post #20 of 49
I'll get it when I'm back in the US. Buying it from Oz, the price almost doubles, and they whack on a fair bit for posting etc.
post #21 of 49
Thread Starter 
One thing did strike me as interesting, and this is something that you don't need to read the book to get. She comments at the begining of the book at how ski instruction is now called a "product", and instructors are not called instructors, but "pros."

I recall in on my first lesson, I was a bit anxious about this. Experience has taught me that "pro" dancers and athletes are not always the best teachers. And the term "product" implies that skill is something to be purchased, as opposed to practiced and learned.
post #22 of 49
I agree with your view of "product". Does this mean if you don't like it you complain to the manager and get your money back?

How can you claim a physical activity as a product?
post #23 of 49
Originally posted by KeeTov:
I agree with your view of "product". Does this mean if you don't like it you complain to the manager and get your money back?

How can you claim a physical activity as a product?
Umm - Yep - I've done that - got replacement product - complained about a lesson I considered unsatisfactory. A young gungho type whose fixation was on how he would look - rather than how the lesson would suit me. Couldn't take being questioned closely or disagreed with - too much EGO invested in the lesson - not enough CARE. Worst of all would NOT let me leave my private lesson when I stated my dissatisfaction - but forcibly kept me up the mountain with him for the remaining 1hour & 40 minutes. (which resulted in me dissolving into tears when my instructor friend asked what was up as I got to the bottom at the end)
post #24 of 49

You have started the first "thought" from the book. How do we interpret the words MB uses.

As an instructor, I don't like the word "product". I provide a service. To me a product is a finished item, while a service may vary depending on what is being requested. Service brings to mind a good waiter. The food can be placed in front of you, or there can be talk, humor, flair, caring... A good waiter knows how to read the client, and adapts. The product of placing food on the table never changes.

Lisamarie-just reread your comment about a product. Can the ski industry convince people that skiing is like a piece of hand-made pottery. All similar, but each with a slight difference that makes it unique. So it can be "bought", but if you want to be less "unique", you will need to practice.

I would agree with disski (welcome by the way) that if you are unhappy with the product(I call it service), you should get/have something done.

What do I call myself? An instructor teaches, a pro gives expert advice and a coach has a good eye for correction. The negatives to those words are, an instructor talks and doesn't ski enough, a pro knows how to do it but not teach, and a coach is meant for racers not recreational skiers.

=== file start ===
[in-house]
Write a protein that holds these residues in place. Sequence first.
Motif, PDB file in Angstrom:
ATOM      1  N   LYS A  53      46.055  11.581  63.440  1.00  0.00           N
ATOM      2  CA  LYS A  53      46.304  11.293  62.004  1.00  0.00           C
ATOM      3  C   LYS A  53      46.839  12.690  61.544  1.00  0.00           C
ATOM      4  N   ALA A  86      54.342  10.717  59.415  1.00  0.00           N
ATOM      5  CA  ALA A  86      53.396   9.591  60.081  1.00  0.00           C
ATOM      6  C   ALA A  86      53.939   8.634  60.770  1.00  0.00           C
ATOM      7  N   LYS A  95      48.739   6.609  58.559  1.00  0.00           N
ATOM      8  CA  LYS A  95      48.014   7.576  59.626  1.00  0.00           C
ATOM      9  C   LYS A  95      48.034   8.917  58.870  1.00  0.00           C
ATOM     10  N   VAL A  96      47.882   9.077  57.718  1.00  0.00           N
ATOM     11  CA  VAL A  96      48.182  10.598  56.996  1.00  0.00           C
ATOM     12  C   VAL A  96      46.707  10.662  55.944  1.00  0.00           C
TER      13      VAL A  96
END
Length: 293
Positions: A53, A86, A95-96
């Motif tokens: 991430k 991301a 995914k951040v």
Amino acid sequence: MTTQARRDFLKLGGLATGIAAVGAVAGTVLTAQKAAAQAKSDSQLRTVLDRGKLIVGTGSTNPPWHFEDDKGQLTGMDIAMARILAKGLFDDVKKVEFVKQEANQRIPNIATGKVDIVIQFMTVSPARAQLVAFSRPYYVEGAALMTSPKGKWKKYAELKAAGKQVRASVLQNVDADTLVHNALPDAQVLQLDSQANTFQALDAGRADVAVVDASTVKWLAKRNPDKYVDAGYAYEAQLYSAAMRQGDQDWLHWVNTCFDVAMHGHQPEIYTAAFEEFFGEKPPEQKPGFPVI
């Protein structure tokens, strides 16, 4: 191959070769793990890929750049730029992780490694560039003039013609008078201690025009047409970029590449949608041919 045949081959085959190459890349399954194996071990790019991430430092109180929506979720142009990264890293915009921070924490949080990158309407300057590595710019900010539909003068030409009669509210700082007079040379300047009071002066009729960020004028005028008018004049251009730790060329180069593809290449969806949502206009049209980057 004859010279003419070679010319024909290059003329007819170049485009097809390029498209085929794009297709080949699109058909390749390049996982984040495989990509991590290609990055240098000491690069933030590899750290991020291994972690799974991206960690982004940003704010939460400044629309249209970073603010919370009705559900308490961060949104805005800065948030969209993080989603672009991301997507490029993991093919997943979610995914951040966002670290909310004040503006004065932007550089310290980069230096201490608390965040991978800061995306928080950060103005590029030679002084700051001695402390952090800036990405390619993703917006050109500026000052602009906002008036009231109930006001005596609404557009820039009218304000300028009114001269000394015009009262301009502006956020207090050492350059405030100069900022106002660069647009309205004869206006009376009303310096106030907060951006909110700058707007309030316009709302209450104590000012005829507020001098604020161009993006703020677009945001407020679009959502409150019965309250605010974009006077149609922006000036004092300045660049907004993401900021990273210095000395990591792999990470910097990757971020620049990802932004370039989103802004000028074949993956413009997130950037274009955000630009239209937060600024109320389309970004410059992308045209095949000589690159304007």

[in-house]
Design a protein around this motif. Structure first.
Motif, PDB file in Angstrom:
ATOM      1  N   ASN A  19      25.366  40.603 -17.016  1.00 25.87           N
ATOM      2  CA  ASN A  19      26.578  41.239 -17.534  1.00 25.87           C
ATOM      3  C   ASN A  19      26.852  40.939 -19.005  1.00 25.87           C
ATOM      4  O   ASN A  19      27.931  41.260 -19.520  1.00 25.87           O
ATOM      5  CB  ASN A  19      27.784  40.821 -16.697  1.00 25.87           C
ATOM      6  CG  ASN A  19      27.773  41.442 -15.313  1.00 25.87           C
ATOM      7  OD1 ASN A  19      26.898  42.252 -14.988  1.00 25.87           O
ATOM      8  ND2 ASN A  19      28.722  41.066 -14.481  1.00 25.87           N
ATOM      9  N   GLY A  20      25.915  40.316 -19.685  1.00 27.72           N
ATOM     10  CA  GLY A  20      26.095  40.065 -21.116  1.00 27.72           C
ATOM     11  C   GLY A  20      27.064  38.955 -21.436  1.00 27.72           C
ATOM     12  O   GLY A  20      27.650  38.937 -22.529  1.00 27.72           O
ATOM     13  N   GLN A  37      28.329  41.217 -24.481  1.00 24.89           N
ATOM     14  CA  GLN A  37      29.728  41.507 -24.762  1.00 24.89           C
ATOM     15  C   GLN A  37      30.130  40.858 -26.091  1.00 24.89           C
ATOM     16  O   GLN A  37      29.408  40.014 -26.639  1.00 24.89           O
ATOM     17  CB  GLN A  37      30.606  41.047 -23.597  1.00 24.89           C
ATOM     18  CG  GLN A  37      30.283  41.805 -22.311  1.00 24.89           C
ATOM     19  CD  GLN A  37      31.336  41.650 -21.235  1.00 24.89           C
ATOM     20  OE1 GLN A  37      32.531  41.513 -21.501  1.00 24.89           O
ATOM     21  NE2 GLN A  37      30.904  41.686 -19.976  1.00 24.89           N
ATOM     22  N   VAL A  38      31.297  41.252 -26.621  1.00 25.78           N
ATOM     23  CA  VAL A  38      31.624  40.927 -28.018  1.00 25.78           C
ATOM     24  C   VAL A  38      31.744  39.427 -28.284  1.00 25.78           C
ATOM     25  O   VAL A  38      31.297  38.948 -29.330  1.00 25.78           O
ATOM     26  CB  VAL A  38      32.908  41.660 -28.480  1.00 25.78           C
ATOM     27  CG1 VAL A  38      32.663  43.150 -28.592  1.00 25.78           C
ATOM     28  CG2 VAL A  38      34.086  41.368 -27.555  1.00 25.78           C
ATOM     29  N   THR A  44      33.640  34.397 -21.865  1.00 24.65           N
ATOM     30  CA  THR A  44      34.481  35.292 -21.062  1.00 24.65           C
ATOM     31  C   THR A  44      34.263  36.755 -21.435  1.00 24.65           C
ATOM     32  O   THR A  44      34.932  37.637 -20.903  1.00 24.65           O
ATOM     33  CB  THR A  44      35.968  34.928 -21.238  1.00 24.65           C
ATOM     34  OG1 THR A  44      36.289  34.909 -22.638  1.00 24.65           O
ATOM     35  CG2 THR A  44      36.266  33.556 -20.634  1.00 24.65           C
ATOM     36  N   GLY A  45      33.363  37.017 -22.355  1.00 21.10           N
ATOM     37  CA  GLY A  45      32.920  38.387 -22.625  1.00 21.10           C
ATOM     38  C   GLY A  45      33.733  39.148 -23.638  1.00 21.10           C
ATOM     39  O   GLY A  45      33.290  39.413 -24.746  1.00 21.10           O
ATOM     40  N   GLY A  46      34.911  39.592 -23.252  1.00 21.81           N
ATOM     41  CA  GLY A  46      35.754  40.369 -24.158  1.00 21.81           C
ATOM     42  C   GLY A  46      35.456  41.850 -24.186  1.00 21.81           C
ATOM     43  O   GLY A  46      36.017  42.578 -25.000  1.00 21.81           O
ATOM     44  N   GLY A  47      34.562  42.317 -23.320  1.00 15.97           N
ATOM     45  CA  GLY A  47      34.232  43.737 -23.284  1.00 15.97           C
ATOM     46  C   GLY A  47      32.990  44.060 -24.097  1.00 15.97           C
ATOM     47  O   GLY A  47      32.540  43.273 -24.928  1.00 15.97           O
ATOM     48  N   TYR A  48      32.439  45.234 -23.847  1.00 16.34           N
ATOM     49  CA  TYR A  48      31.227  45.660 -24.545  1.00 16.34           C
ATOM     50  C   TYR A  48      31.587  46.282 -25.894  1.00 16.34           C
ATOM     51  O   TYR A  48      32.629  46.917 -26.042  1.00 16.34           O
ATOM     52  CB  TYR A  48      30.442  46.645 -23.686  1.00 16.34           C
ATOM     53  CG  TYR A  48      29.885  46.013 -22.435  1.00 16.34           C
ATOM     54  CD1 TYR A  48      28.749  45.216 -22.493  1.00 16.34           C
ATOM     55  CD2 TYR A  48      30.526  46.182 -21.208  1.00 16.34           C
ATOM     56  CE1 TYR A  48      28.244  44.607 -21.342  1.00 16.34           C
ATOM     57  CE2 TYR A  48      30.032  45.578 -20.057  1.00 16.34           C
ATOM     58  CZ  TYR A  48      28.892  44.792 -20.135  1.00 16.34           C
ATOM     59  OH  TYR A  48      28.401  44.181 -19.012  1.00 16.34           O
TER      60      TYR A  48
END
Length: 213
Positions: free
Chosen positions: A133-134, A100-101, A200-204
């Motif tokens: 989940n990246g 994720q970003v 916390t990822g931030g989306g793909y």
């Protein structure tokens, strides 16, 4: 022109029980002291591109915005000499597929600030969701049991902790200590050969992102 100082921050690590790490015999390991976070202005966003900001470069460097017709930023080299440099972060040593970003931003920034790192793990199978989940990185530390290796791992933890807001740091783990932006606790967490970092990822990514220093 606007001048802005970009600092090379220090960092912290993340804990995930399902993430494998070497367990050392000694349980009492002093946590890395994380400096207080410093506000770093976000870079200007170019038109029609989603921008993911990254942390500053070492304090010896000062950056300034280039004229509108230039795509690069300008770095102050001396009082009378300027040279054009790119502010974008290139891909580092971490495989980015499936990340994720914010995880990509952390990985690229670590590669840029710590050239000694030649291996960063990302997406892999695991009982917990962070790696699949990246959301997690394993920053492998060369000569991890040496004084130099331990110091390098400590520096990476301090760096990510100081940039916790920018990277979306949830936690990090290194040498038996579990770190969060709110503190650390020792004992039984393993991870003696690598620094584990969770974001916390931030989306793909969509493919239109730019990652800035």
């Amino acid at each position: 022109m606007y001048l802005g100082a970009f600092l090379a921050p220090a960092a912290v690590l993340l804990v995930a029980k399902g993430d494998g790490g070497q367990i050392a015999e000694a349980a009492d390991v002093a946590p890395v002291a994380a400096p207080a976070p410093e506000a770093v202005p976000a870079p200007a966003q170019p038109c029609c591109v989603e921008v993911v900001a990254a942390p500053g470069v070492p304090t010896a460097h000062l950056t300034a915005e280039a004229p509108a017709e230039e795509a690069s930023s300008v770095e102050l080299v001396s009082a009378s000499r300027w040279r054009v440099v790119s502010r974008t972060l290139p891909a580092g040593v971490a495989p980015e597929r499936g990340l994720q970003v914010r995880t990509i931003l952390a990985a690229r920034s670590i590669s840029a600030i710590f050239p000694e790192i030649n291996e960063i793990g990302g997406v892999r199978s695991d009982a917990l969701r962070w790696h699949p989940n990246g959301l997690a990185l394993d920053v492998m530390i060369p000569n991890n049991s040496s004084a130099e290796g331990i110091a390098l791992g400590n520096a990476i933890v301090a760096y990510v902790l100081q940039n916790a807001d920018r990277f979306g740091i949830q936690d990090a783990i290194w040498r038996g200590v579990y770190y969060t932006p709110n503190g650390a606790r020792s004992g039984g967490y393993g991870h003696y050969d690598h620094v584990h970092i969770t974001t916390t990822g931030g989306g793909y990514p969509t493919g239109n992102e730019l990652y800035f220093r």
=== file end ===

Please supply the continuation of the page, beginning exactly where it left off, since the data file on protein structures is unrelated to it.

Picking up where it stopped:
Hm... I know! We should be called "ASWKMASTYAIWTSTATYNTHYETSB". (A Skier Who Knows More About Skiing Than You, And Is Willing To Spend Time Adjusting To Your Needs To Help You Enjoy The Sport Better) We can become famous like the Singer once know as Prince!!!

Sorry, one drift per reply.
post #25 of 49
A rose is a rose is a rose.

--Gertrude Stein (I knew she had a place in this thread)

I like to be called by my name. I consider that a form of personal brand building.

I like people to refer to what I do as "magic."
post #26 of 49
Thread Starter 
The circumstance that initially brought me to internet ski forums was a really horrific lesson. I've told the details more often than I care to, but in summary, some jerk tried to teach me to edge by lying down on the snow and pulling on my ankles. He thought it was funny when I fell on top of him.
I did not.
When I complained at the office, I was given a voucher for another lesson. A forum member fowarded my thread to the resorts mangement. I was sent another voucher.

But even though this was the place where I had learned to ski, I never went back for a lesson. As a matter of fact, I only returned once as a non lesson taking quest. Compare that to skiing that particular resort every other weekend.


I had been in contact with the SSD on previous occaisions, regarding effusive compliments I was making about her instructors. But all attempts to reach her, email, phone calls, etc. failed. As far as the resort was concerned, I was dissatisfied by a product, so they gave me different product, as if the first "model" was defective.

The problem: I was not buying a product, but a learning experience. And if I am willing to pay to learn, the school should be willing to learn about why a particular instructors teaching style may not be all that condusive to learning.
post #27 of 49
I know the ski school private lesson people where I ski quite well. I regularly bring them people that I have found "struggling" or "upset" for remedies to the situation - that may be to book a private lesson or a set of group lessons - or to investigate a special program - or sometimes to receive compensation for a poor experience. I am the first to tell them & others if they are doing well - but I also tell them when they have failed miserably.

Have to agree with LM that they should be prepared to discuss both. Simple replacement of "product" does not lead to improvement.
post #28 of 49
Thread Starter 
The problem with viewing ski instruction as a "product" is that some can get fooled into believing that the value of the product is more important than the quality of the instructor.

In the fitness industry, this is leading to under qualified professionals. All you need to do is memorize a system such as Body Pump or PowerFlex, and VOILA, you're a professional.

Owners of any sort of business like to productize aspects of it, because it can be marketed in a way that ensures financial sucess. Just add a few catchy phrases and melodies, and presto pronto, YOU'RE RICH!

But does popularity necessarily mean quality?

Have you read the McDonalds thread in the Fitness forum?
post #29 of 49
Nah - not a Maccas fan (wheres a puke icon when ya need it?)
post #30 of 49
KeeTov, nicely put! Good points. Put me down for a "me too".

btw, re money back, our ski school had that one going, if anyone complained (especially to a particular person) they scored a free private lesson. Some of us suspected that the word had got around...

Also, a thought, carrying on from KeeTov's Product points, have you guys noticed how some guests get peturbed at being taught different stuff? they get all doubtful, and say their last teacher told them X, or had them doing Y for a specific thing. As though skiing is maths, rather than a sport with infinite ways of doing.